The plagiarism software connected to the LMS allows me to review student work with more confidence around academic honesty. The software has directed me to websites where students have freelancers bidding to complete their work and it has also directed me to students resubmitting an assignment that they wrote for another class.
Having all your course materials in one place creates an excellent resource for students. Whether they are working on an assignment or studying for a test, they can easily find and use all the materials they need.
Feedback using survey software
Using survey software, my students can provide specific feedback throughout the course, rather than the broader feedback I receive through my college’s Student Feedback Questionnaire. By polling my students throughout the course, I can ask them specific questions to gauge their understanding and opinions of the course and adjust appropriately.
My biggest challenges around tech in the classroom
Difficulties streamlining through one platform
There is a lot of great ed tech available, but I don’t want to confuse my students by using multiple modalities. As a result, I streamline the course through my LMS. However, it is difficult for one system to fulfill all my needs the way multiple ed tech resources could. The LMS is not always intuitive for students and it has limited functionality on their devices. From an instructor perspective, it is only functional on my desktop.
Problems with in-class testing
The submission of tests through the LMS is a great benefit to both students and instructors, but two main difficulties have arisen for me: When not in the testing centre, a student can navigate away from the test itself to view their notes or the Internet. Also, students could write the test from outside the classroom, which makes taking attendance necessary.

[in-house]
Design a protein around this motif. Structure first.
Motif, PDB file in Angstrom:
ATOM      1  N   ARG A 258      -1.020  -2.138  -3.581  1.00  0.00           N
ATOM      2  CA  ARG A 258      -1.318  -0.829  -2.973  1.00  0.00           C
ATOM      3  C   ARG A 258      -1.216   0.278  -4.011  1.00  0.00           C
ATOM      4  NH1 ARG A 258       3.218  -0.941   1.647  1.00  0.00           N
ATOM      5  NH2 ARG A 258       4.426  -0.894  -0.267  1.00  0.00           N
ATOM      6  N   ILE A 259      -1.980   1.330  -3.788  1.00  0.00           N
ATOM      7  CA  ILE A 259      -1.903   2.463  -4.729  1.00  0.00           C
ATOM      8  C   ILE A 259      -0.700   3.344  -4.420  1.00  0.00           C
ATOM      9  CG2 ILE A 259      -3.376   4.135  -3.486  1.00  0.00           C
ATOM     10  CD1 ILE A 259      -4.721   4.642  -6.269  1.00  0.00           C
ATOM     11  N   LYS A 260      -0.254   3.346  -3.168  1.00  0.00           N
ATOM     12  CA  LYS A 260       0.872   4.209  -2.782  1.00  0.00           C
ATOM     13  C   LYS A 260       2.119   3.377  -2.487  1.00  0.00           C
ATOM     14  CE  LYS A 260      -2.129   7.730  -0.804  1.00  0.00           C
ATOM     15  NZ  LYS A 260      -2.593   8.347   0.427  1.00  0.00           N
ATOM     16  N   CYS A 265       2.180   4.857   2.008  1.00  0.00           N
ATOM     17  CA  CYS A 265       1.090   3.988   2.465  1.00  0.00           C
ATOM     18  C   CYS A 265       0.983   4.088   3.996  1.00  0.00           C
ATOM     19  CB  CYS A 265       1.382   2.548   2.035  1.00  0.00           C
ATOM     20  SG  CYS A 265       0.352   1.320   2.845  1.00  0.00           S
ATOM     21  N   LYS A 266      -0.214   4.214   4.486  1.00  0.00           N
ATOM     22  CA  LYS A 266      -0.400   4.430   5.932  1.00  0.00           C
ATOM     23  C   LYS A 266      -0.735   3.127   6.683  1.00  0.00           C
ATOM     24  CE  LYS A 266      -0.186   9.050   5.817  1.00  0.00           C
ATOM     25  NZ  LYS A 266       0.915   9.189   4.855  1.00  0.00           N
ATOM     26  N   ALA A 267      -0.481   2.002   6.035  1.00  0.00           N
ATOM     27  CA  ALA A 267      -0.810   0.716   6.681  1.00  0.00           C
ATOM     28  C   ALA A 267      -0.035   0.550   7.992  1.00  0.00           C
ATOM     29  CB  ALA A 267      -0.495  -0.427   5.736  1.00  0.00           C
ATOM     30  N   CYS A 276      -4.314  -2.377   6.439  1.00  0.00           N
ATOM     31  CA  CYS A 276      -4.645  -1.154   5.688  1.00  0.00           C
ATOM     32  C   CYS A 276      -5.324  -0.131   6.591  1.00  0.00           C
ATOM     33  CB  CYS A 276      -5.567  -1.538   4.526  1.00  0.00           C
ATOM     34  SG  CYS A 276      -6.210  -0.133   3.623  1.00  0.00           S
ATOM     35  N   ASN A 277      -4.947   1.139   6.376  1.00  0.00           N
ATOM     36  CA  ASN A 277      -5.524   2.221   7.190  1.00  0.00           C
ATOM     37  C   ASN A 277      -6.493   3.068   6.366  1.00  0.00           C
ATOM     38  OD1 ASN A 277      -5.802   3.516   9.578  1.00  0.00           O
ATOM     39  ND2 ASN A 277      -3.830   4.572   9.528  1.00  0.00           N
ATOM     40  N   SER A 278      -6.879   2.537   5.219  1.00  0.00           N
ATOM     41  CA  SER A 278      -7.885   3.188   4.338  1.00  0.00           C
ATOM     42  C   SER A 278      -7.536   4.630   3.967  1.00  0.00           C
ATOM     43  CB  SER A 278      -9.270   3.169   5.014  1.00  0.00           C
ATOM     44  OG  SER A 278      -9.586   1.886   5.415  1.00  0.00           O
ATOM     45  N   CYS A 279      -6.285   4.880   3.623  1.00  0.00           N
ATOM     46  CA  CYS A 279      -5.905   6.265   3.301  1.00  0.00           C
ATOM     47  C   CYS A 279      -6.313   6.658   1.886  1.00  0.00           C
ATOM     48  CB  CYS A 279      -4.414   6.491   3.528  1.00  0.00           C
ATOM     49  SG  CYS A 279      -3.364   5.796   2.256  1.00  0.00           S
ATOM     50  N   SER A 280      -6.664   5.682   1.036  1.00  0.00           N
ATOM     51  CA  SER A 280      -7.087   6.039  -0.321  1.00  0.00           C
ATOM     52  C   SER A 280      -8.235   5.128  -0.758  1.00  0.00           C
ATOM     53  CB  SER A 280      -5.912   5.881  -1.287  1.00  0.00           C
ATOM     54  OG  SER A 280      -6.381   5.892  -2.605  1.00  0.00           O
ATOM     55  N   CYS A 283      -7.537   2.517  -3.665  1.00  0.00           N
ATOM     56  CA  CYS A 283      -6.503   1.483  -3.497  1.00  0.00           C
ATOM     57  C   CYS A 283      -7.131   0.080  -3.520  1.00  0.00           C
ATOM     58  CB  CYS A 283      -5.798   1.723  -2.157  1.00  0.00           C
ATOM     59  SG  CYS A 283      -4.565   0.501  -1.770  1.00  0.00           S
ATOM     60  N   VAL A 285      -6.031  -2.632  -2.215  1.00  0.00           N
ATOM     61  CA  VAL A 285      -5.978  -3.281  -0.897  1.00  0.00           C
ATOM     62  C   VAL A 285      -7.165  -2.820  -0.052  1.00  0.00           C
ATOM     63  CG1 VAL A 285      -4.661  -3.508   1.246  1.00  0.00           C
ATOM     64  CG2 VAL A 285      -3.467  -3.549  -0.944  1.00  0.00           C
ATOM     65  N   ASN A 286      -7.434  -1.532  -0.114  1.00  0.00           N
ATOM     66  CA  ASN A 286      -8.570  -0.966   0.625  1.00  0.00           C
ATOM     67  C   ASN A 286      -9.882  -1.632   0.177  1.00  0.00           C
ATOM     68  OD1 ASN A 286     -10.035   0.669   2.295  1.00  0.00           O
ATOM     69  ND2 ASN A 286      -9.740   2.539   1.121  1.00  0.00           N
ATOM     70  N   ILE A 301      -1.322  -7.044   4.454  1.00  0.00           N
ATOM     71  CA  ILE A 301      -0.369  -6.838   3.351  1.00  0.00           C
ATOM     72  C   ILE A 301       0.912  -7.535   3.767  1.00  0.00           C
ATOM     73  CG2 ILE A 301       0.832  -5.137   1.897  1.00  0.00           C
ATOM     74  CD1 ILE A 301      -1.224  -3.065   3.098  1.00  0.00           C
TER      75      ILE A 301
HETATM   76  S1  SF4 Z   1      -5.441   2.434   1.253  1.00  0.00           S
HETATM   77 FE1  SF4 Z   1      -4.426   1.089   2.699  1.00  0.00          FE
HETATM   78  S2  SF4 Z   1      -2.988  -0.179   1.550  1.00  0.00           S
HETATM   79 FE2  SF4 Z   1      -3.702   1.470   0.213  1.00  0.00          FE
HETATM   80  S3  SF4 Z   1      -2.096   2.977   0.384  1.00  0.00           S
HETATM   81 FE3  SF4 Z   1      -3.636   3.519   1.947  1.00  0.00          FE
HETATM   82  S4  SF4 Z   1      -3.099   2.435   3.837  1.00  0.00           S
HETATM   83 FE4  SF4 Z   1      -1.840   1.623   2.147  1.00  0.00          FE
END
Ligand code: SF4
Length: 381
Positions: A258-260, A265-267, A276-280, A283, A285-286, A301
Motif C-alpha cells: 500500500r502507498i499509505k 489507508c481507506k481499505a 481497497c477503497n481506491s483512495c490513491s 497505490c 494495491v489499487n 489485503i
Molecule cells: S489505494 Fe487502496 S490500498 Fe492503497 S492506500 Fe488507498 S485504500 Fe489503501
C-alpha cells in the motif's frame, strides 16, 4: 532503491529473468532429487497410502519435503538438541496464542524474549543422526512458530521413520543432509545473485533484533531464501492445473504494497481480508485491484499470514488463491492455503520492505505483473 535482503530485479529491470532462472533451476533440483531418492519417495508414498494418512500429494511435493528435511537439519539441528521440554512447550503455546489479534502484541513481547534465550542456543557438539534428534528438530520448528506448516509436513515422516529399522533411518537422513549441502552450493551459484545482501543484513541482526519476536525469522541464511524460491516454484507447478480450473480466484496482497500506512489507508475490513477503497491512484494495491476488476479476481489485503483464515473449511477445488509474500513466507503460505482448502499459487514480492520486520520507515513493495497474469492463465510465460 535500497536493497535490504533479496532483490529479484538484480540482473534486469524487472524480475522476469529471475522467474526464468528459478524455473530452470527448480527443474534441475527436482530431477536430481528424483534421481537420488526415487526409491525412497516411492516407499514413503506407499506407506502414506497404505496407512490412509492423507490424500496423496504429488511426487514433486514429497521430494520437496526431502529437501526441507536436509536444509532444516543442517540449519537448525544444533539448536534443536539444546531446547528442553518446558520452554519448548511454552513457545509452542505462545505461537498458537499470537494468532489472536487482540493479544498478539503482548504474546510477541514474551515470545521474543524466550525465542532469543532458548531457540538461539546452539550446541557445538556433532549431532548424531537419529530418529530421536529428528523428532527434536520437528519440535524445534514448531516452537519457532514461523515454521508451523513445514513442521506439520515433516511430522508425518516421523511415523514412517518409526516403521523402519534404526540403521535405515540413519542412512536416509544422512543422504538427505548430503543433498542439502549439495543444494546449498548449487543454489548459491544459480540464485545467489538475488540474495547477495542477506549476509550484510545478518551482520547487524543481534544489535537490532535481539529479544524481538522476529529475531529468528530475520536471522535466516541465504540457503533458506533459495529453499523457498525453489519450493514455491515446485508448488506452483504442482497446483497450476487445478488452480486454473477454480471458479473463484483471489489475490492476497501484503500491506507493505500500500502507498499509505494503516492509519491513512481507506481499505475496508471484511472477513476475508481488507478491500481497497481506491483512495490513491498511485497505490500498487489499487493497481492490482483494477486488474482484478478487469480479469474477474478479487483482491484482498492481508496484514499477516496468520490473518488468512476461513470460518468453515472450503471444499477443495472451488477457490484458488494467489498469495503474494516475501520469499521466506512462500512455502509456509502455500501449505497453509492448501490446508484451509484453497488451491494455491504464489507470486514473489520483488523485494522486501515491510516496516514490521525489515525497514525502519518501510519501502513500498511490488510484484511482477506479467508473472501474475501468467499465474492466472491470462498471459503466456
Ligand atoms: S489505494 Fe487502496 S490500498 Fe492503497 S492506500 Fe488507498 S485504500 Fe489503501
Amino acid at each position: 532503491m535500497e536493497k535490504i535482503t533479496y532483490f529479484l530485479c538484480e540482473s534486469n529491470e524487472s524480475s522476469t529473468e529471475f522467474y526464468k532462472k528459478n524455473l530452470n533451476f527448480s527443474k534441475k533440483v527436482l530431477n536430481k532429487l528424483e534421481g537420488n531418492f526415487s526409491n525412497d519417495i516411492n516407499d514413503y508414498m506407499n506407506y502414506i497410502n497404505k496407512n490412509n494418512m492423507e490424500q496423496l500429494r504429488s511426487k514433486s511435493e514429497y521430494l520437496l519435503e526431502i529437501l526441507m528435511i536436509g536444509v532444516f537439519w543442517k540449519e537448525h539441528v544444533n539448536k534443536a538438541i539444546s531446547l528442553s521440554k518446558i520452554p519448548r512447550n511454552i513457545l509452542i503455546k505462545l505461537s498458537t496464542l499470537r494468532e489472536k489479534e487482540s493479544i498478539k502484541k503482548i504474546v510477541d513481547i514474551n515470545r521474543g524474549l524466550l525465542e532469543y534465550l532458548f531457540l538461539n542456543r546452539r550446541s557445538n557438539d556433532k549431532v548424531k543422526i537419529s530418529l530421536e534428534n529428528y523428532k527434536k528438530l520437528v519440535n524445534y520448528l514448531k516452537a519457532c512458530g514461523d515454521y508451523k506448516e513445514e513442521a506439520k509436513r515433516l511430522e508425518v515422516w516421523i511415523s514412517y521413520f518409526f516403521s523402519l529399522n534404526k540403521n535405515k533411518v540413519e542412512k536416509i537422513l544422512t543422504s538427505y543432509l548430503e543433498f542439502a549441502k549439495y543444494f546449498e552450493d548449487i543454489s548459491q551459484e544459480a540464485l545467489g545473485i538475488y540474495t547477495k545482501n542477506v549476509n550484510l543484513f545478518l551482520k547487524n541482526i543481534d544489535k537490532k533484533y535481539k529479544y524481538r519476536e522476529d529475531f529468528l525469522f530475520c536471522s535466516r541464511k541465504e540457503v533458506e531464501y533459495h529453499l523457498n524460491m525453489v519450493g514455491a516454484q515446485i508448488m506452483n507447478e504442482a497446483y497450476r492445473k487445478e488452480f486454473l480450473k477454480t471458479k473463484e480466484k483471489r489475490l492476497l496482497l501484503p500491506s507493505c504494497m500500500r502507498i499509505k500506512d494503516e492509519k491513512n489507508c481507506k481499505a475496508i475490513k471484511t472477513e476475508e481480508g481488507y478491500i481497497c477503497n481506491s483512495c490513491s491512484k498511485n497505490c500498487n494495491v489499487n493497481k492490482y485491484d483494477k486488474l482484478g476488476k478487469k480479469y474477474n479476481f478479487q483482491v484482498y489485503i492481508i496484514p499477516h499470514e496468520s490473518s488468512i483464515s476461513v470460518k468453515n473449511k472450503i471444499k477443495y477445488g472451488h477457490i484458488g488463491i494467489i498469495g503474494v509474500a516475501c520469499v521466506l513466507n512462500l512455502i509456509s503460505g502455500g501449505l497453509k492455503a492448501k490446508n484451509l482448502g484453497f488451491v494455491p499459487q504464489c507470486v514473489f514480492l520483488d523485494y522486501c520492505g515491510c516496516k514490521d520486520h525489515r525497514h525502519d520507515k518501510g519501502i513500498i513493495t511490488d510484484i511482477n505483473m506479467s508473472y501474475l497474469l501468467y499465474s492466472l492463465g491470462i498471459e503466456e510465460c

Reposting of course materials online
Professors spend a great deal of prep time on their materials. I am thrilled if students can get good use out of them. I am not thrilled when I see students repost my materials online for profit as some websites allow them to do.
Need for “live” documents
Because I don’t want to confuse my students with too many tools, I don’t use Google Docs. However, as my online lists of student groups and student meeting schedules are constantly changing, a living version of these documents on our LMS would be very helpful.
Accessibility of laptop computers
While most students have some sort of smartphone device, to gainfully participate in a communications course, a tablet or laptop computer is needed. This technology may not be accessible for all students depending on the socio-economic diversity of an institution.
Overuse of tech
Students get excited about tech, but it should support student learning and interaction, not replace it. For many student presentations, there has been so much dependence on quizzing software that I have disallowed it from student presentations in favor of more tangible interactions which I model throughout my courses.
Teaching is an iterative process and so is the use of ed tech in my classroom. The landscape is constantly changing and mine is certainly not a perfect system. However, it has been of great benefit for me and my students. And I am optimistic that the opportunities to use tech in the classroom will continue to grow with the development and adoption of new technology.